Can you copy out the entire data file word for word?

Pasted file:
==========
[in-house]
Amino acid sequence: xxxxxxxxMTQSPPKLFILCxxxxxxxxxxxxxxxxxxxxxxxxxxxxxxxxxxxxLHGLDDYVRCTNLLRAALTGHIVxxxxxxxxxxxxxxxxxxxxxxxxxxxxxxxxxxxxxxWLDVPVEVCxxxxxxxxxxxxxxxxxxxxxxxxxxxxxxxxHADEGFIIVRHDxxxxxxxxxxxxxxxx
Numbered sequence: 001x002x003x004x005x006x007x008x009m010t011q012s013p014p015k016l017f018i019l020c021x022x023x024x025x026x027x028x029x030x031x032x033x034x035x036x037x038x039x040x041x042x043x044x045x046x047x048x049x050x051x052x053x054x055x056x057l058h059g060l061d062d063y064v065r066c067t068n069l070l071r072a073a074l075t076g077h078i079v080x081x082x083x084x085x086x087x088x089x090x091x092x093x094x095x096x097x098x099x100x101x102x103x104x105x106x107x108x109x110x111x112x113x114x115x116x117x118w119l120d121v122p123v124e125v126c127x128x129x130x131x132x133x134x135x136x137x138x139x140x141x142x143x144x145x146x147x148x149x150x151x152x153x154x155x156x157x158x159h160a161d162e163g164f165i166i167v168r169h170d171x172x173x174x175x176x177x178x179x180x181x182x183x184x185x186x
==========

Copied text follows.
[in-house]
Amino acid sequence: xxxxxxxxMTQSPPKLFILCxxxxxxxxxxxxxxxxxxxxxxxxxxxxxxxxxxxxLHGLDDYVRCTNLLRAALTGHIVxxxxxxxxxxxxxxxxxxxxxxxxxxxxxxxxxxxxxxWLDVPVEVCxxxxxxxxxxxxxxxxxxxxxxxxxxxxxxxxHADEGFIIVRHDxxxxxxxxxxxxxxxx
Numbered sequence: 001x002x003x004x005x006x007x008x009m010t011q012s013p014p015k016l017f018i019l020c021x022x023x024x025x026x027x028x029x030x031x032x033x034x035x036x037x038x039x040x041x042x043x044x045x046x047x048x049x050x051x052x053x054x055x056x057l058h059g060l061d062d063y064v065r066c067t068n069l070l071r072a073a074l075t076g077h078i079v080x081x082x083x084x085x086x087x088x089x090x091x092x093x094x095x096x097x098x099x100x101x102x103x104x105x106x107x108x109x110x111x112x113x114x115x116x117x118w119l120d121v122p123v124e125v126c127x128x129x130x131x132x133x134x135x136x137x138x139x140x141x142x143x144x145x146x147x148x149x150x151x152x153x154x155x156x157x158x159h160a161d162e163g164f165i166i167v168r169h170d171x172x173x174x175x176x177x178x179x180x181x182x183x184x185x186x